ESDC's decision to use eminent domain required Tuck-it-Away Self Storage owner Nick Sprayregen and husband-and-wife gas station owners Gurnam Singh and Parminder Kaur to sell their properties. These properties will eventually be sold to Columbia, which will demolish them in order to make room for its campus expansion.
But more than a year and a half after the New York State Court of Appeals upheld ESDC's use of eminent domain, Sprayregen, Singh, and Kaur still own their properties. None of them have agreed on a sale price, which has caused ESDC to pursue a final agreement in court.
Eminent domain law governs the capacity of the state to seize private property for the “public good” in exchange for market-rate compensation. In January 2009, Sprayregen and Singh and Kaur filed separate lawsuits against the ESDC, protesting its decision to invoke eminent domain, but they ultimately lost the court battle, with the U.S. Supreme Court deciding in December 2010 not to hear their final appeal.
ESDC spokesman Austin Shafran said in a statement that ESDC filed two condemnation petitions with the New York County Supreme Court last month—one of them a petition to acquire space below street level, which is not controlled by the three property owners, and the other a petition to acquire the gas stations and storage facilities.
“The first court appearance on this petition is expected to be late February or early March,” Shafran said.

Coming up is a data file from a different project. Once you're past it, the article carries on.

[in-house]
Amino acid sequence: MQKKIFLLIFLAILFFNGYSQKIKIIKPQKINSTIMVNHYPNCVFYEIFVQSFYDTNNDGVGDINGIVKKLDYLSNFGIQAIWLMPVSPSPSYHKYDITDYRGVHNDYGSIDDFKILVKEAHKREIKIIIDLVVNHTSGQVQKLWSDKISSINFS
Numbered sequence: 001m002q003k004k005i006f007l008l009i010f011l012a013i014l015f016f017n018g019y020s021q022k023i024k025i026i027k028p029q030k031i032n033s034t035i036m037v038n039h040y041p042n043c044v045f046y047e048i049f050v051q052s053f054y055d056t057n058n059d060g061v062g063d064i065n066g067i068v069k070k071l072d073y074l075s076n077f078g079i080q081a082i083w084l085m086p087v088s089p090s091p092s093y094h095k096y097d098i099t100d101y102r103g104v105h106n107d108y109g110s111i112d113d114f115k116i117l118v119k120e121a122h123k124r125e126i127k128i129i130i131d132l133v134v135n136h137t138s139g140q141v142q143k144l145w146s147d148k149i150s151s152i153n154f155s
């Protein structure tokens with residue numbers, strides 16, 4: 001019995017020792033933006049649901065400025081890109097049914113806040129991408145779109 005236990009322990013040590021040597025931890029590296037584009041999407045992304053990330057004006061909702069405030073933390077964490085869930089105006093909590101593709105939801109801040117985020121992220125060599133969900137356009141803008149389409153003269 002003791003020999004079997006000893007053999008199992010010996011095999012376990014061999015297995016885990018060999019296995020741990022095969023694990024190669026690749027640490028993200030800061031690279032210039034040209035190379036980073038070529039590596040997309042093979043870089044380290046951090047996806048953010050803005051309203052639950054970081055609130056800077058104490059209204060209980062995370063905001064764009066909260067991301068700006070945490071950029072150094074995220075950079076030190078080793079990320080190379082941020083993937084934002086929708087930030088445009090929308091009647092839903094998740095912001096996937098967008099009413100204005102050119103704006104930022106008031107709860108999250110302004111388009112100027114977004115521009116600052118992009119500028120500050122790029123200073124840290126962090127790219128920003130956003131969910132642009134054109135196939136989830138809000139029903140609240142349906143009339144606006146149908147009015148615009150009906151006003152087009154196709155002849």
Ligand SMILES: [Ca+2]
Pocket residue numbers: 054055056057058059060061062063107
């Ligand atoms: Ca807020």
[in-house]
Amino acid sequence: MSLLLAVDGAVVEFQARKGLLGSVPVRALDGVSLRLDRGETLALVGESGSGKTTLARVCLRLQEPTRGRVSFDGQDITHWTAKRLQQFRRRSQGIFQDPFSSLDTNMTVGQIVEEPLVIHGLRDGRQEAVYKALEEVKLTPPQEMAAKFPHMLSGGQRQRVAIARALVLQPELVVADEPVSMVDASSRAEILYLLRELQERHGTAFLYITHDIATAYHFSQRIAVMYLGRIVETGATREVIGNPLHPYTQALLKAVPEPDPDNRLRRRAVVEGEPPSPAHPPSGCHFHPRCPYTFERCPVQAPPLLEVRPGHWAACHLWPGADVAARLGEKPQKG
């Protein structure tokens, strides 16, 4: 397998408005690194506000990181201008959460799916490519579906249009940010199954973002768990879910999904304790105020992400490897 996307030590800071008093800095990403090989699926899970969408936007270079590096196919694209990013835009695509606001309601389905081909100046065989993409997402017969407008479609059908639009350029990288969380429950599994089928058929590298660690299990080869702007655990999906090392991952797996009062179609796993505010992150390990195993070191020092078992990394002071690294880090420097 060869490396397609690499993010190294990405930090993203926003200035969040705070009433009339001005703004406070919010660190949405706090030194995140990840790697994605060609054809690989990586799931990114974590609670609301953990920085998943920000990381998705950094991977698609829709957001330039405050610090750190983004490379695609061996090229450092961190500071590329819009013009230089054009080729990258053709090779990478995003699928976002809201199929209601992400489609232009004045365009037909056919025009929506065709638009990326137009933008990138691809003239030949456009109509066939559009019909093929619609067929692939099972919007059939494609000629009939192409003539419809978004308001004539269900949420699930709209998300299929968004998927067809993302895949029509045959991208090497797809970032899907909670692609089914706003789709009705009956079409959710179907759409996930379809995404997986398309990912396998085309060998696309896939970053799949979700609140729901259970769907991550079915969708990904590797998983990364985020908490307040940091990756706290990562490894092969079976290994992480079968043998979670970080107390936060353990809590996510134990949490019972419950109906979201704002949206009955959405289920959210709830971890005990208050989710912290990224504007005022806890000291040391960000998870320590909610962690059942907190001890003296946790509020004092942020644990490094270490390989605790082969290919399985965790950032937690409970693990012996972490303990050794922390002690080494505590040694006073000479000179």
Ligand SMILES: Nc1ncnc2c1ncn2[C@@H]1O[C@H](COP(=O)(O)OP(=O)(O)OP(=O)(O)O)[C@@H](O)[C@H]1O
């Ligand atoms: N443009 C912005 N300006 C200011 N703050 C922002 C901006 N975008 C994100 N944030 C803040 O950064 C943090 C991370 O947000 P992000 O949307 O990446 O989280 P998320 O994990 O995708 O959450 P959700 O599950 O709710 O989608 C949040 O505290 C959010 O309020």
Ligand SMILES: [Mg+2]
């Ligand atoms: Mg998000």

He added that the ESDC is also continuing to negotiate with Sprayregen, Singh, and Kaur outside of court.
A notice posted on the door of a Tuck-it-Away storage facility on Jan. 31 said that the ESDC will file an acquisition map—which will mark the property that the ESDC seeks to acquire—by Feb. 27, “directing that, upon the filing of the order and of such map, the acquisition of the properties ... sought to be acquired shall be complete and shall vest in ESDC.”
Sprayregen, Singh, and Kaur, as well as their lawyers, were unavailable for comment.
On Thursday, a Tuck-it-Away employee leaving a storage facility on 131st Street said he believed that the building would be demolished soon. Columbia officials said last week that five demolitions would take place this spring in the block where the facility is located.
In an interview with Spectator on Friday, University President Lee Bollinger declined to comment, noting that Columbia is not an official party to the legal proceedings.